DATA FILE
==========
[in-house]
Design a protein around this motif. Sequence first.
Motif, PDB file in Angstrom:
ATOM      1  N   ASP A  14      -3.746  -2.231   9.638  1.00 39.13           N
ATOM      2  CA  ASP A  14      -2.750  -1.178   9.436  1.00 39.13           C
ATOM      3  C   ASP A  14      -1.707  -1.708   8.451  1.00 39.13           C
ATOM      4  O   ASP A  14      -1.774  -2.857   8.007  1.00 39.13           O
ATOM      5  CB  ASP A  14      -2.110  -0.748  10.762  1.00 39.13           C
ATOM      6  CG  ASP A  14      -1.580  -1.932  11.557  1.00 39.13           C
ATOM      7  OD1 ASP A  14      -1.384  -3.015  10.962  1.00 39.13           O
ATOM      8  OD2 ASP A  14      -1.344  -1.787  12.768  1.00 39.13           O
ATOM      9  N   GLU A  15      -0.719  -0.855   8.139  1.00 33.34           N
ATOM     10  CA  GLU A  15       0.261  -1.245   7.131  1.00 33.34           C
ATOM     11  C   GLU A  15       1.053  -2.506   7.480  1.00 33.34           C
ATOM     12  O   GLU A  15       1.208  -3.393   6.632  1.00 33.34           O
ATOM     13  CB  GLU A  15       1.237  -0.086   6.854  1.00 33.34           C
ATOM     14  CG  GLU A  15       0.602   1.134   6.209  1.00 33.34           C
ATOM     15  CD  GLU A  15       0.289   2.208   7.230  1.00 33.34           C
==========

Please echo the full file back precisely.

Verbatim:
[in-house]
Design a protein around this motif. Sequence first.
Motif, PDB file in Angstrom:
ATOM      1  N   ASP A  14      -3.746  -2.231   9.638  1.00 39.13           N
ATOM      2  CA  ASP A  14      -2.750  -1.178   9.436  1.00 39.13           C
ATOM      3  C   ASP A  14      -1.707  -1.708   8.451  1.00 39.13           C
ATOM      4  O   ASP A  14      -1.774  -2.857   8.007  1.00 39.13           O
ATOM      5  CB  ASP A  14      -2.110  -0.748  10.762  1.00 39.13           C
ATOM      6  CG  ASP A  14      -1.580  -1.932  11.557  1.00 39.13           C
ATOM      7  OD1 ASP A  14      -1.384  -3.015  10.962  1.00 39.13           O
ATOM      8  OD2 ASP A  14      -1.344  -1.787  12.768  1.00 39.13           O
ATOM      9  N   GLU A  15      -0.719  -0.855   8.139  1.00 33.34           N
ATOM     10  CA  GLU A  15       0.261  -1.245   7.131  1.00 33.34           C
ATOM     11  C   GLU A  15       1.053  -2.506   7.480  1.00 33.34           C
ATOM     12  O   GLU A  15       1.208  -3.393   6.632  1.00 33.34           O
ATOM     13  CB  GLU A  15       1.237  -0.086   6.854  1.00 33.34           C
ATOM     14  CG  GLU A  15       0.602   1.134   6.209  1.00 33.34           C
ATOM     15  CD  GLU A  15       0.289   2.208   7.230  1.00 33.34           C